This week we celebrate International Day of People with Disability.
As the NDIS Review is getting underway, we would like to pay tribute to all the disability advocates and reformers who have come before us and on whose shoulders this Review stands.
It is too easy to forget the past, when focused on the road and opportunities ahead. But to ignore the past is to risk reliving its mistakes and not learning from its successes.
The Review timetable is short and so as we go forward we are also looking back to learn, build and deliver.
1981 was the first year of the United Nations’ International Year of Disabled Persons and was a turning point for Australians with disability.
One very important person who led the way was Elizabeth Hastings.
Elizabeth was the Commissioner of the original Commonwealth Human Rights Commission between 1981 and 1986, and in 1992 became Australia’s first Disability Discrimination Commissioner.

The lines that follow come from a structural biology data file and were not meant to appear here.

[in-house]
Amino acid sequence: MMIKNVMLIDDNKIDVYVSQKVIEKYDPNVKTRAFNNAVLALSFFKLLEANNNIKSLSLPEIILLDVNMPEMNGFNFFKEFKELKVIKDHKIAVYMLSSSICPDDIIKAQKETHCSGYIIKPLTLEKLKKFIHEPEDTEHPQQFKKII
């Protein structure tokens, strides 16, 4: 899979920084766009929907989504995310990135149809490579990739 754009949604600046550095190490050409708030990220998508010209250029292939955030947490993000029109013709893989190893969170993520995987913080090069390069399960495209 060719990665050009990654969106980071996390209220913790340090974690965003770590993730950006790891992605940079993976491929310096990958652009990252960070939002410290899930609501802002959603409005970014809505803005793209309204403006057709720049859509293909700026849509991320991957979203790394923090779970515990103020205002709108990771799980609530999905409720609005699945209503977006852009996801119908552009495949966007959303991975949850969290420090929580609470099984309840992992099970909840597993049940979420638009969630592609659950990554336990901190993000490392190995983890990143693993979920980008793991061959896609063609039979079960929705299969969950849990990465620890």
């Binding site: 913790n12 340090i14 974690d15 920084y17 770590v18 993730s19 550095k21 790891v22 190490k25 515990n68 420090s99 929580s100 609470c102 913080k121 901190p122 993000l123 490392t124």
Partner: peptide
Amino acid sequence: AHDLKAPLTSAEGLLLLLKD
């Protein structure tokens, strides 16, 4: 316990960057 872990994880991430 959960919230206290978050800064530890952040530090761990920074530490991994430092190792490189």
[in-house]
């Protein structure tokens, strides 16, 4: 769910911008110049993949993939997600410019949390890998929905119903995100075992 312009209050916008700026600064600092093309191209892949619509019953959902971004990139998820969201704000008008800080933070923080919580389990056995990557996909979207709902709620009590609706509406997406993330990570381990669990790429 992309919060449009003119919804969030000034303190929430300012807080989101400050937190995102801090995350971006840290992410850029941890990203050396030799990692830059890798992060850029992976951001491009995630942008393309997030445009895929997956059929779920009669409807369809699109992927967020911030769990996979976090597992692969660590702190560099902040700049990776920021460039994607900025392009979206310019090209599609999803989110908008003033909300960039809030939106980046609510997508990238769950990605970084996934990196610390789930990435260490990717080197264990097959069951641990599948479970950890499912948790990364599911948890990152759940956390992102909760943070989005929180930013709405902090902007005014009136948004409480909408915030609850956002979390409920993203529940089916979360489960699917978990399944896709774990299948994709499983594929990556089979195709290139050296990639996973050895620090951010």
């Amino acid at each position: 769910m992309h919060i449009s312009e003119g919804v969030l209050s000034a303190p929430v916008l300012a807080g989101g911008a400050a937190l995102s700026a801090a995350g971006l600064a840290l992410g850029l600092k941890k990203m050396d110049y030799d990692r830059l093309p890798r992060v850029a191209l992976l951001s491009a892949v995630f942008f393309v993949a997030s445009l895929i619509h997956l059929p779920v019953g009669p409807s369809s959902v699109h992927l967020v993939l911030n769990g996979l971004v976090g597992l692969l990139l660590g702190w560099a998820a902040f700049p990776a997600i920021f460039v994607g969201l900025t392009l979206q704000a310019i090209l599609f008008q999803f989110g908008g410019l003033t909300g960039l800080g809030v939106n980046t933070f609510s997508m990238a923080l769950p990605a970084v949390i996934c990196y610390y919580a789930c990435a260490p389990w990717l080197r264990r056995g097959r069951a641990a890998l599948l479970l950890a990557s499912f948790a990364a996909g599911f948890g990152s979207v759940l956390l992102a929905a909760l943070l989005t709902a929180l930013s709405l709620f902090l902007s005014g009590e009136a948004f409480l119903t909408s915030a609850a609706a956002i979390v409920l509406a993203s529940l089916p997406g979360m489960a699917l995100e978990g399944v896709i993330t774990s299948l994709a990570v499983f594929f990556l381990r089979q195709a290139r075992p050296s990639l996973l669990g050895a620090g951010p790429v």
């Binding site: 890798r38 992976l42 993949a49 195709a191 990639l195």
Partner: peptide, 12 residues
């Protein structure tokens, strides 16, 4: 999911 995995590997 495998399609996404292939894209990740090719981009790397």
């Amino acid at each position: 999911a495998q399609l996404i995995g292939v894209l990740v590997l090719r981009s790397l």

Elizabeth presided over numerous cases and worked to ensure that the continuous process of 'breaking down the barriers' was not ignored.
Elizabeth is sadly no longer with us and we regret that we never met her, but she will be forever regarded as a pioneer for human rights.
Elizabeth’s work is particularly important as the Review aims to put people with disability back at the centre of the NDIS and seeks to restore trust, confidence and pride in the NDIS.
Today we salute, remember and promise to learn from Elizabeth and all the other great pioneers and advocates for disability reform.